Summary: As Christians with a strong history and theology of healing, we should be equally excited and encouraging of Stem Cell research. It is new (since 1998), it is incredibly promising, and it is motivated by compassion and a desire to alleviate suffering. S
Science and Healing: Series – In the World But Not Of It
April 24, 2005
Christopher Reeve. Nancy Reagan. Michael J. Fox. Just a few high-profile individuals who have been extremely vocal in their advocacy for aggressive health research into new treatments for disease through stem cell research. We understand where they are coming from, because we see and have compassion on their pain. And as Christians, so we should. We have a God who sees our pain and responds with compassion, we have a Savior who, as He walked on earth, saw pain and responded with compassion and with healing. As Jesus sent His 12 disciples out on a missions trip, He even gave them a specific mandate: “7As you go, preach this message: ‘The kingdom of heaven is near.’ 8Heal the sick, raise the dead, cleanse those who have leprosy, drive out demons. Freely you have received, freely give.” (Matt 10:7-8).
The Importance Of Healing:
Even before Jesus came, we read stories of God healing people. Namaan the leper, Hannah the barren, Elijah and the widow of Zeraphath’s son, Elisha and the Shunammite woman’s son. Scripture is clear that disease is to be fought, life is to be cherished, and health is desirable and to be pursued. That is an important part of the message of Scripture, and of salvation, and is the part I am going to talk about today. But it is not a primary message. There are things more important than our physical health, such as our trust in the goodness of God, our acceptance of the sovereignty of God, and our confidence that the ultimate healing and restoration of our whole selves, body and soul, is accomplished only when we step across the threshold of death and into the eternal life with God in heaven. At that point, we know, there is “no more death or mourning or crying or pain” (Rev 21:4). Death actually leads us to the ultimate healing.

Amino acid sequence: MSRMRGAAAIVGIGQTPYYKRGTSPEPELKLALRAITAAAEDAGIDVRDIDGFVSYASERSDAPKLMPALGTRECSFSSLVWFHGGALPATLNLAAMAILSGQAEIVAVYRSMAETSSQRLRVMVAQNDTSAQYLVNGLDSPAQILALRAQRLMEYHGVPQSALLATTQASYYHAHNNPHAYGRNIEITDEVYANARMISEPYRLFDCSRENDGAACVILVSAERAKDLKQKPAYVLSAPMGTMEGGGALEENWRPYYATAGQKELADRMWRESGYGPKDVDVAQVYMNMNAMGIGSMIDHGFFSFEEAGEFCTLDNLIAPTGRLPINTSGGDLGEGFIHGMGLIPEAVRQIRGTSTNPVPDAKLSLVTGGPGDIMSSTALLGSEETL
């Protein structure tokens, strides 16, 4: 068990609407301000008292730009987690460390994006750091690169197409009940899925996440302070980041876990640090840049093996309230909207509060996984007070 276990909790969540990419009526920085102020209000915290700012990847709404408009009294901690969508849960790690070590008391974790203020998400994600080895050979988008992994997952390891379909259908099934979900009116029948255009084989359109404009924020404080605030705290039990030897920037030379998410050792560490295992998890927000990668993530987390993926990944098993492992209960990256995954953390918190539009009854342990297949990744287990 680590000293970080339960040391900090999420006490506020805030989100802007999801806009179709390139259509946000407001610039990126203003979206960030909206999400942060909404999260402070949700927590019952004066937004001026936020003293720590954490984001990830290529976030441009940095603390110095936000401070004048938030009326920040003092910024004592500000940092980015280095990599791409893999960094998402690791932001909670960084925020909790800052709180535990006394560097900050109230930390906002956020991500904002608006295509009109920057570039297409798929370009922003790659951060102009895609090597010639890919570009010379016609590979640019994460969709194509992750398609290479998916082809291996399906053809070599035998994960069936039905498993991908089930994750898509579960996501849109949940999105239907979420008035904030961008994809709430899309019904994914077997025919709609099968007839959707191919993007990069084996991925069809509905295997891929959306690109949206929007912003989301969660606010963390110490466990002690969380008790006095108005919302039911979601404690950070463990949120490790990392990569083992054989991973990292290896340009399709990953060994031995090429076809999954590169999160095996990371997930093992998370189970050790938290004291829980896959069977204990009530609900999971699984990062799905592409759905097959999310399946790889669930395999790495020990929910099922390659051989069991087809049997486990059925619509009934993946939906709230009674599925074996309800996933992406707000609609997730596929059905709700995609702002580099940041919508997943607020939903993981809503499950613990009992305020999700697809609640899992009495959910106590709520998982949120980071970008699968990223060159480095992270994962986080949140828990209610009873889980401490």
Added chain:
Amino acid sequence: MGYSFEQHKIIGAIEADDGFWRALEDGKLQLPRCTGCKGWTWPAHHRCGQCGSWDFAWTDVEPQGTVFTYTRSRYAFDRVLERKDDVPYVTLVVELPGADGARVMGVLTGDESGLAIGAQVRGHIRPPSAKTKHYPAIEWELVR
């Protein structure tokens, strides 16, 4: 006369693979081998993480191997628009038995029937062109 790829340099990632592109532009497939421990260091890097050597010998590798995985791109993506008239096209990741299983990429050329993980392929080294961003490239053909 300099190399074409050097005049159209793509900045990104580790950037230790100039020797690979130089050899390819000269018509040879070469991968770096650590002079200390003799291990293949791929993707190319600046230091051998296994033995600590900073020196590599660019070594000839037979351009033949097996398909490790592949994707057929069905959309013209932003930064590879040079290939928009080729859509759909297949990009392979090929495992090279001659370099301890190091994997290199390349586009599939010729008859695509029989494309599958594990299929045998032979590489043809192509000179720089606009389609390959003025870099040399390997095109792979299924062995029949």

Jesus The Healer:
As I read the Gospel stories of Jesus, I see this incredible compassion that He had for those who were suffering, and I see Jesus acting to restore these broken, hopeless, outcast people who were plagued by some sickness or deformity that was ruining their lives. Jesus saw the hurt, saw the pain, and saw how devastating it was and chose to do something about it.
On one occasion, Jesus was trying to get away. He got in a boat, and He and the disciples headed for “a solitary place.” But the crowds that had been following heard about it, and hustled along on foot. Matthew 14:14 tells us, “When Jesus landed and saw a large crowd, he had compassion on them and healed their sick.”
Earlier in Matthew, chapter 8:1-17, we have several stories back to back:
“1When he came down from the mountainside, large crowds followed him. 2A man with leprosy came and knelt before him and said, “Lord, if you are willing, you can make me clean.”
3Jesus reached out his hand and touched the man. “I am willing,” he said. “Be clean!” Immediately he was cured of his leprosy. 4Then Jesus said to him, “See that you don’t tell anyone. But go, show yourself to the priest and offer the gift Moses commanded, as a testimony to them.”